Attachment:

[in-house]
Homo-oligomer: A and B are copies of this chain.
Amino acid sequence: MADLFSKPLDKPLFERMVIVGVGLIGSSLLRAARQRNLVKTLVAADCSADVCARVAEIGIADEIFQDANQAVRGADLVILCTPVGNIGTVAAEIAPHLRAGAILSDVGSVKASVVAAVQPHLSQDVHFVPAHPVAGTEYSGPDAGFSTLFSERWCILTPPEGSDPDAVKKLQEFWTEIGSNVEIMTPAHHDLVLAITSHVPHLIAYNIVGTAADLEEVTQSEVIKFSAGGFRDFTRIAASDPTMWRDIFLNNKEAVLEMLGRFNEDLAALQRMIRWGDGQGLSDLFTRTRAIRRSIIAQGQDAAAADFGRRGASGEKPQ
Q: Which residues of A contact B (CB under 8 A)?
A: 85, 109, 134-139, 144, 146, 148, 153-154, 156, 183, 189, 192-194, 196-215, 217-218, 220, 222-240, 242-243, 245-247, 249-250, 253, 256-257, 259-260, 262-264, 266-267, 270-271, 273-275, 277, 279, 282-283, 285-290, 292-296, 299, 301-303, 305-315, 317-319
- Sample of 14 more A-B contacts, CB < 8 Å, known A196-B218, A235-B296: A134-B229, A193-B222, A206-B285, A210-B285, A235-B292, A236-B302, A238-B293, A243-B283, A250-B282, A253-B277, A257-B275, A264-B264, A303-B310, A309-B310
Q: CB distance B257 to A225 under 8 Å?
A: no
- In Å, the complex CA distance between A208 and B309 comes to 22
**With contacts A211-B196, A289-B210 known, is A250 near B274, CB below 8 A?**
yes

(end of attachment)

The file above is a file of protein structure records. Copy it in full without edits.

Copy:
[in-house]
Homo-oligomer: A and B are copies of this chain.
Amino acid sequence: MADLFSKPLDKPLFERMVIVGVGLIGSSLLRAARQRNLVKTLVAADCSADVCARVAEIGIADEIFQDANQAVRGADLVILCTPVGNIGTVAAEIAPHLRAGAILSDVGSVKASVVAAVQPHLSQDVHFVPAHPVAGTEYSGPDAGFSTLFSERWCILTPPEGSDPDAVKKLQEFWTEIGSNVEIMTPAHHDLVLAITSHVPHLIAYNIVGTAADLEEVTQSEVIKFSAGGFRDFTRIAASDPTMWRDIFLNNKEAVLEMLGRFNEDLAALQRMIRWGDGQGLSDLFTRTRAIRRSIIAQGQDAAAADFGRRGASGEKPQ
Q: Which residues of A contact B (CB under 8 A)?
A: 85, 109, 134-139, 144, 146, 148, 153-154, 156, 183, 189, 192-194, 196-215, 217-218, 220, 222-240, 242-243, 245-247, 249-250, 253, 256-257, 259-260, 262-264, 266-267, 270-271, 273-275, 277, 279, 282-283, 285-290, 292-296, 299, 301-303, 305-315, 317-319
- Sample of 14 more A-B contacts, CB < 8 Å, known A196-B218, A235-B296: A134-B229, A193-B222, A206-B285, A210-B285, A235-B292, A236-B302, A238-B293, A243-B283, A250-B282, A253-B277, A257-B275, A264-B264, A303-B310, A309-B310
Q: CB distance B257 to A225 under 8 Å?
A: no
- In Å, the complex CA distance between A208 and B309 comes to 22
**With contacts A211-B196, A289-B210 known, is A250 near B274, CB below 8 A?**
yes